Nine months after his detention Patigul received news from former inmates who had shared a cell with Imammemet. One of them told Patigul that Imammemet had been interrogated many times and tortured. He said that Imammemet was unwilling to eat and sometimes vomited. After one round of interrogation Imammemet was unable to stand when he returned to his cell.. According to another former cell-mate Imammemet was normal when he was brought back to the cell after the first and second interrogations, but the third time, he was away from the cell for three days and when he returned he was unable to stand. Sometime in mid-August 2009 Imammemet was taken to hospital and never returned to the Detention Centre.
Since that time Patigul has had no further news about her son and her enquiries have fallen on deaf ears.
“The authorities in this region do not want to listen to me because the case is too difficult. The reporters in this region are too scared to hear my story because the case is too sensitive.”
Patigul has said that after speaking to foreign media that she has been kept under constant surveillance and followed everywhere. She says there is a permanent police presence in front of her home that monitors her in 4-hr shifts. Once, she was kept in detention for 8 days for having insulted a policeman who would not respond to her enquiries.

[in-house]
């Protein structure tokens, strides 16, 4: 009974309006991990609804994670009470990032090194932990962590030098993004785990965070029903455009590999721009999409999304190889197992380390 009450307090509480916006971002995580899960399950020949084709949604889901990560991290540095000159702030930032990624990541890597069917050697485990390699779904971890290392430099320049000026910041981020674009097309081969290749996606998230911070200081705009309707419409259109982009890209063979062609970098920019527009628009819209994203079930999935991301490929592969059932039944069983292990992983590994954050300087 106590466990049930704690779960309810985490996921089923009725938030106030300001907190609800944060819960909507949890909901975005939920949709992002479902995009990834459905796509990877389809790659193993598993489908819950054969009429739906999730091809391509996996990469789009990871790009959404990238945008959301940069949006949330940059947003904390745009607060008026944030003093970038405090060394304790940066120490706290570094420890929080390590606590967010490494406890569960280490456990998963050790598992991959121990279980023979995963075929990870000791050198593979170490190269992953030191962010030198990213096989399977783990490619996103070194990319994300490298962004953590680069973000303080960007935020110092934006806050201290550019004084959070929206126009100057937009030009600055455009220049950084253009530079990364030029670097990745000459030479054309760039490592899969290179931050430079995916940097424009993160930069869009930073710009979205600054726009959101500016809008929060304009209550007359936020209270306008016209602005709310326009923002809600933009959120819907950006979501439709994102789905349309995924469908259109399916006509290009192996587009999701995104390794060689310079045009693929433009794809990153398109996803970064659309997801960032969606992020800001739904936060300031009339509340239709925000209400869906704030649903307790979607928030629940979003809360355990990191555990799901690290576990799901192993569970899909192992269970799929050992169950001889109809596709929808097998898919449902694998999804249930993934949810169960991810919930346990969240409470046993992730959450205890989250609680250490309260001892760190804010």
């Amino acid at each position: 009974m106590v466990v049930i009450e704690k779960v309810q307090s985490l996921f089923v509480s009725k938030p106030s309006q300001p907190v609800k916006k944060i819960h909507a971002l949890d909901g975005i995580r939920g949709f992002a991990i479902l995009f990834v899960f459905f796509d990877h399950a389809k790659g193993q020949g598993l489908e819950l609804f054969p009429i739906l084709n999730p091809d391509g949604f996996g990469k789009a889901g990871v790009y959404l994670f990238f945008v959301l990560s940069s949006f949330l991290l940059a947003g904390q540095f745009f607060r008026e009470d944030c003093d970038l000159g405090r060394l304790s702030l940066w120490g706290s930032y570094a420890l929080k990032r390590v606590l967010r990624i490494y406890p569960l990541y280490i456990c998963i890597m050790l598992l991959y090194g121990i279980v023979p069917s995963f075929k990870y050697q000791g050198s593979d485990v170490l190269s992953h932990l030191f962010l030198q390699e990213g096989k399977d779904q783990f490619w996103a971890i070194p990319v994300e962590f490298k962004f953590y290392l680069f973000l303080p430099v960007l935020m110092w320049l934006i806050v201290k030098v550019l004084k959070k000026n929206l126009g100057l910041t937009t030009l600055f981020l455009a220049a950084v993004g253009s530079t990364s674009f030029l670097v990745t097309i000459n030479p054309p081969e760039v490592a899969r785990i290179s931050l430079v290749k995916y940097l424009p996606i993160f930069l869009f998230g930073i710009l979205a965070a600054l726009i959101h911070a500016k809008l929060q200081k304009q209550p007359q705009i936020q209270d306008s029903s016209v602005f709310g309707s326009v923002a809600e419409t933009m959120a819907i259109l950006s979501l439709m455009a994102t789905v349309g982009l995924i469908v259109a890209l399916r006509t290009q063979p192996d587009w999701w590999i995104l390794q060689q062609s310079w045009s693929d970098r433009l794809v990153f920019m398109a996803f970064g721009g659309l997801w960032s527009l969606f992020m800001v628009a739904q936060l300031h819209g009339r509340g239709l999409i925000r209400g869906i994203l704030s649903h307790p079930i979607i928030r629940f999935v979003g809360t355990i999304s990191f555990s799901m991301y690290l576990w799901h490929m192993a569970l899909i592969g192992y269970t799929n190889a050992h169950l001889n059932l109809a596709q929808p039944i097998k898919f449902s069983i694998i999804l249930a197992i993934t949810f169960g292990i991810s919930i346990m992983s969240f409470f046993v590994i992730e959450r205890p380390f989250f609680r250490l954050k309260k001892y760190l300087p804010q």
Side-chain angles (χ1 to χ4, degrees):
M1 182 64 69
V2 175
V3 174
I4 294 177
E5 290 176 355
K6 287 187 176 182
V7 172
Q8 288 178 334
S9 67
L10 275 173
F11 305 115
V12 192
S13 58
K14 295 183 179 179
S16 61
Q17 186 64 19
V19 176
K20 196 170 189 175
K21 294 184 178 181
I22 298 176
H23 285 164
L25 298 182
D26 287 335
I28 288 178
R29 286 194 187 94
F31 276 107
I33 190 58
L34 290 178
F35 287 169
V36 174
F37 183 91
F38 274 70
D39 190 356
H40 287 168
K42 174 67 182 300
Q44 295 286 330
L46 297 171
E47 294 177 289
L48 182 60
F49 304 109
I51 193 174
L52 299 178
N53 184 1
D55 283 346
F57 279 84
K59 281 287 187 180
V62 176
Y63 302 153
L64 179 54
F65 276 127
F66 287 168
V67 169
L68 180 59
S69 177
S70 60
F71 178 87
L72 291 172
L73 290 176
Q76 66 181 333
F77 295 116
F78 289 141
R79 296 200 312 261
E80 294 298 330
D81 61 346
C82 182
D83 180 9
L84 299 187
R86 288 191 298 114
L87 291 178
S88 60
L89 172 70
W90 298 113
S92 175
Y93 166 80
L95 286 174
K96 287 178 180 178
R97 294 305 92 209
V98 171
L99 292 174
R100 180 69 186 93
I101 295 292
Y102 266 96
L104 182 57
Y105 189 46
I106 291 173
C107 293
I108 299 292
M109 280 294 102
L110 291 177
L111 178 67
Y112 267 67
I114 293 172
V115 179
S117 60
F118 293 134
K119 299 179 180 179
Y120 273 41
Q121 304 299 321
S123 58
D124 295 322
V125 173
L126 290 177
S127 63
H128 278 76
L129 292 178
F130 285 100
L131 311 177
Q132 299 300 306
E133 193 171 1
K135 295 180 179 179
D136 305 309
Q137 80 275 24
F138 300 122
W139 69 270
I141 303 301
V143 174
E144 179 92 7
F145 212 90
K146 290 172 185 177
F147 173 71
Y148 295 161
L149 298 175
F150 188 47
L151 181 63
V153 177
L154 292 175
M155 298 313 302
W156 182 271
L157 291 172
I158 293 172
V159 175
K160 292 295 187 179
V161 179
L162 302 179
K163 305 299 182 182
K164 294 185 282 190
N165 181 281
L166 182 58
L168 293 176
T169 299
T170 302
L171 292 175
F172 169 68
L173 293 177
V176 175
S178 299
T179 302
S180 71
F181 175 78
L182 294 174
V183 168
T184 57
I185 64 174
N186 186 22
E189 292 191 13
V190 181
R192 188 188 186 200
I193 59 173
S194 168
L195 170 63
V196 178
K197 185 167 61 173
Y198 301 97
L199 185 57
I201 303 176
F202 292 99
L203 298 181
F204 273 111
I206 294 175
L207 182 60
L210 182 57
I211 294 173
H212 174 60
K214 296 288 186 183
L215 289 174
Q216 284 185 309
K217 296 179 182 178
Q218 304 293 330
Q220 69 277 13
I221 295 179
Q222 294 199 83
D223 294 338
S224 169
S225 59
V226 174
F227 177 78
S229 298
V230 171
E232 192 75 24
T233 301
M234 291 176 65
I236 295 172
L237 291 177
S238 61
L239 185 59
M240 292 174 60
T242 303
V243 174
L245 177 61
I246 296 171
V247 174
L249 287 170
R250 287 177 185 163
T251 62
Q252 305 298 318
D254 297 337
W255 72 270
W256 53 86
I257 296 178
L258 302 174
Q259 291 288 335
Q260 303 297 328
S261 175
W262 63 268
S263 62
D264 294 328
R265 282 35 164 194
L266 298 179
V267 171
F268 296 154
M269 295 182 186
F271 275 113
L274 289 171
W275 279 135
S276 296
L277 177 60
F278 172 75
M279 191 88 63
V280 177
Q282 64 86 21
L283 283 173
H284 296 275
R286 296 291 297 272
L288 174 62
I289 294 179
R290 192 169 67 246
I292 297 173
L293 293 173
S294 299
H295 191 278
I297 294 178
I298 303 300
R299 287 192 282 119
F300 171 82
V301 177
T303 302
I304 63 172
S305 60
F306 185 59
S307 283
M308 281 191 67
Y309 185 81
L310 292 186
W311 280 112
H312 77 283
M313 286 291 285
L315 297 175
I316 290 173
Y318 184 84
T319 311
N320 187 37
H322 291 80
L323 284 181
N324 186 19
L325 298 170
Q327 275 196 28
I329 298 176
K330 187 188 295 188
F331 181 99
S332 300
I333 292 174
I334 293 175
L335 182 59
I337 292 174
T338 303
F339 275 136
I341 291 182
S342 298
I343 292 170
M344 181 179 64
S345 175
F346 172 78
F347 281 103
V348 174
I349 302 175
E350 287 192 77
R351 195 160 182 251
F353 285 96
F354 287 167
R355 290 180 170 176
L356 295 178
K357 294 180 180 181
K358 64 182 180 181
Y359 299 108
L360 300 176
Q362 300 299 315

“They go with me when I do my shopping and they wait for me outside when I visit someone’s home.”
For Patigul, a widow with four children, not knowing the fate of her son has meant she cannot even go through a process of mourning or deal with her grief.
Patigul Eli “I would not have suffered so much if I knew my son was dead, because I would have been able to forget him or at least find some way to accept this fate.”
Nebijan Eli, 16 years old at the time of his detention in 2009, is the youngest of the disappeared whose families recently came forward. His Father, Elijan Eli recounted how he last saw Nebijan, along with several other detained individuals, being forced to march down a street in Urumqi, surrounded by about 30 policemen.
Elijan Eli recounted seeing his son beaten and kicked into a police van that then took him away. He tried to follow the van by motorcycle but he told RFA “When I witnessed that scene and I was helpless, I just asked myself for the first time why was I born into this world”.
When Elijan inquired with the police, he was told his son was not on the list of detainees.
After three years of inquiries, Elijan Eli has been given no information regarding the whereabouts or well-being of his son.
For more information please call Amnesty International's press office in London, UK, on +44 20 7413 5566 or email: firstname.lastname@example.org
International Secretariat, Amnesty International, 1 Easton St., London WC1X 0DW, UK
© Radio Free Asia
© Radio Free Asia
© Radio Free Asia